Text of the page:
Low-salt (LS) diet activates the renin-angiotensin-aldosterone and sympathetic nervous systems, both of which can increase insulin resistance (IR). We investigated the hypothesis that LS diet is associated with an increase in IR in healthy subjects. Healthy individuals were studied after 7 days of LS diet (urine sodium <20 mmol/d) and 7 days of high-salt (HS) diet (urine sodium >150 mmol/d) in a random order. Insulin resistance was measured after each diet and compared statistically, unadjusted and adjusted for important covariates. One hundred fifty-two healthy men and women, aged 39.1 +/- 12.5 years (range, 18-65) and with body mass index of 25.3 +/- 4.0 kg/m(2), were included in this study. Mean (SD) homeostasis model assessment index was significantly higher on LS compared with HS diet (2.8 +/- 1.6 vs 2.4 +/- 1.7, P < .01). Serum aldosterone (21.0 +/- 14.3 vs 3.4 +/- 1.5 ng/dL, P < .001), 24-hour urine aldosterone (63.0 +/- 34.0 vs 9.5 +/- 6.5 mug/d, P < .001), and 24-hour urine norepinephrine excretion (78.0 +/- 36.7 vs 67.9 +/- 39.8 mug/d, P < .05) were higher on LS diet compared with HS diet. Low-salt diet was significantly associated with higher homeostasis model assessment index independent of age, sex, blood pressure, body mass index, serum sodium and potassium, serum angiotensin II, plasma renin activity, serum and urine aldosterone, and urine epinephrine and norepinephrine. Low-salt diet is associated with an increase in IR. The impact of our findings on the pathogenesis of diabetes and cardiovascular disease needs further investigation.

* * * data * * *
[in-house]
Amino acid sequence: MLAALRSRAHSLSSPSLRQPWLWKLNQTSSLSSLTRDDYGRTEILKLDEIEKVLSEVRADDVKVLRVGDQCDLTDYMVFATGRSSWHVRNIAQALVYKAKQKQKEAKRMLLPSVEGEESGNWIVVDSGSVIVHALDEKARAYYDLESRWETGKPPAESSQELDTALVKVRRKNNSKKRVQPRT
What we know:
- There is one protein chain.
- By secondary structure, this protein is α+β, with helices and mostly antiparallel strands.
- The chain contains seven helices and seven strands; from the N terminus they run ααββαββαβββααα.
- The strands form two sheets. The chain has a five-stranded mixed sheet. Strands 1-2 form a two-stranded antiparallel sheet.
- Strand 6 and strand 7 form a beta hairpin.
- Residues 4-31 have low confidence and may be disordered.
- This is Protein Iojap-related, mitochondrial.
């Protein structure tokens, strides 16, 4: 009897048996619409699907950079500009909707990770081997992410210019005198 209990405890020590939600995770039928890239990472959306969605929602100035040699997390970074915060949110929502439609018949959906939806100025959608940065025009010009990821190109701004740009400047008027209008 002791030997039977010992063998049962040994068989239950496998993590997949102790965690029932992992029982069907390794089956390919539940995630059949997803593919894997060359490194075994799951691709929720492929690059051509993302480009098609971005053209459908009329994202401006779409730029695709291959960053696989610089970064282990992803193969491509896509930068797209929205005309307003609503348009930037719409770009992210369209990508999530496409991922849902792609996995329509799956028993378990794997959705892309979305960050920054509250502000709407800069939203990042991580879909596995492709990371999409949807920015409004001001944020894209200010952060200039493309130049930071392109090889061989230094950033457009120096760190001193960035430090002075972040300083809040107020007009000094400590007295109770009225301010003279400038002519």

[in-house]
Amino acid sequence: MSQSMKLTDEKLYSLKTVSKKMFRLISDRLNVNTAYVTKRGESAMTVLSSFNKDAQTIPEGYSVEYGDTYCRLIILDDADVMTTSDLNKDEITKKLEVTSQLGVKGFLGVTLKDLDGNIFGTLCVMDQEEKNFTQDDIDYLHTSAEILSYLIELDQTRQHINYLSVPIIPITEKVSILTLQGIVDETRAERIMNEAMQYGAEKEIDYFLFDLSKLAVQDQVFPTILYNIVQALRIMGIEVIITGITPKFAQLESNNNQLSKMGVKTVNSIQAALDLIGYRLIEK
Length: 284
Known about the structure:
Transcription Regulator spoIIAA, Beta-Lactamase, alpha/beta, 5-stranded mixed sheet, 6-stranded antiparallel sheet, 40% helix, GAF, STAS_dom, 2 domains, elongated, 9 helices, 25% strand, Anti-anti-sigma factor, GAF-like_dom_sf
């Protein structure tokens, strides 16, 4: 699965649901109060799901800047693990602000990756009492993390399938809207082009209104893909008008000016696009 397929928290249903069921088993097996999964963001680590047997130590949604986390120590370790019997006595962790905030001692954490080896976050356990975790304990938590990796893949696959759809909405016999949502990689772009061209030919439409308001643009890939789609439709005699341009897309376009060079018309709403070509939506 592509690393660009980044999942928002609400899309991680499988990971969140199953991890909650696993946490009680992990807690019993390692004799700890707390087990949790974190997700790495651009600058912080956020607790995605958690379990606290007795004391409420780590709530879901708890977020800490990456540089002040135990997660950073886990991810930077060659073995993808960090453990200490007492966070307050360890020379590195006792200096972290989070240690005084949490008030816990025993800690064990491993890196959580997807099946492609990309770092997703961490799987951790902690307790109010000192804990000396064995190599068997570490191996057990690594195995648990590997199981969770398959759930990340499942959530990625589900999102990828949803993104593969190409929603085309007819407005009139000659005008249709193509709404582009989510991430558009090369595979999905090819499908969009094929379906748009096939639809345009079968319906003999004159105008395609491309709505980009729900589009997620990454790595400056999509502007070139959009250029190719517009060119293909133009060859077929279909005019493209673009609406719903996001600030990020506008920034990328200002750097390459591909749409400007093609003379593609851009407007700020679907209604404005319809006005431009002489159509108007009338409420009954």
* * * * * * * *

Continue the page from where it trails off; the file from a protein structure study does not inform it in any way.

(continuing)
Sodium chloride drives autoimmune disease by the induction of pathogenic TH17 cells

         (Kleinewietfeld, Manzel et al. 2013) Download